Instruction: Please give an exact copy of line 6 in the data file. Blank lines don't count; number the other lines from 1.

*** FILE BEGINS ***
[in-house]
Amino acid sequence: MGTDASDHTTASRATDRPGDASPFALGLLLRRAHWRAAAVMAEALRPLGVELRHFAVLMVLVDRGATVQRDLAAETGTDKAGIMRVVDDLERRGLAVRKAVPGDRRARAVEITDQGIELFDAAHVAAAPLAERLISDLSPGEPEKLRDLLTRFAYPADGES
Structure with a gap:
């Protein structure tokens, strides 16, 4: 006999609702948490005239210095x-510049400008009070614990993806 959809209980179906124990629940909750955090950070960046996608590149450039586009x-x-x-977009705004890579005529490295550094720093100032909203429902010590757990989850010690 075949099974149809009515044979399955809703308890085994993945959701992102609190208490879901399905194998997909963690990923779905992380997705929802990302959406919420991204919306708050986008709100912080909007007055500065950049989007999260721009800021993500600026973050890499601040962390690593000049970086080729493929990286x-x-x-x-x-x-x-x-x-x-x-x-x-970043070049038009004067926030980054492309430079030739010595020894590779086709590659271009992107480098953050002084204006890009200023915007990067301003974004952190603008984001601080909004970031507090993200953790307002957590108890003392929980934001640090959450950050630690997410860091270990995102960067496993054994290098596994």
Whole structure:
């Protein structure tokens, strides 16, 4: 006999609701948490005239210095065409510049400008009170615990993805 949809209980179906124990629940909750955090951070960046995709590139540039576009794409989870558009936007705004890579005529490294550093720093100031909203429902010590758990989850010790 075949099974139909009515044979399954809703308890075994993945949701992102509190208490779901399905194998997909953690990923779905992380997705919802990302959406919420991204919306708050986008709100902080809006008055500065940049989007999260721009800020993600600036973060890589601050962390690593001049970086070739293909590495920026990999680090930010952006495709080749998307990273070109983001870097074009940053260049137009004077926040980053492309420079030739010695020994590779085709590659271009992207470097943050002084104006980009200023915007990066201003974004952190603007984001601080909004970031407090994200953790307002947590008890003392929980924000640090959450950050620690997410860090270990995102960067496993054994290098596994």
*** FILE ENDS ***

């Protein structure tokens, strides 16, 4: 006999609701948490005239210095065409510049400008009170615990993805 949809209980179906124990629940909750955090951070960046995709590139540039576009794409989870558009936007705004890579005529490294550093720093100031909203429902010590758990989850010790 075949099974139909009515044979399954809703308890075994993945949701992102509190208490779901399905194998997909953690990923779905992380997705919802990302959406919420991204919306708050986008709100902080809006008055500065940049989007999260721009800020993600600036973060890589601050962390690593001049970086070739293909590495920026990999680090930010952006495709080749998307990273070109983001870097074009940053260049137009004077926040980053492309420079030739010695020994590779085709590659271009992207470097943050002084104006980009200023915007990066201003974004952190603007984001601080909004970031407090994200953790307002947590008890003392929980924000640090959450950050620690997410860090270990995102960067496993054994290098596994």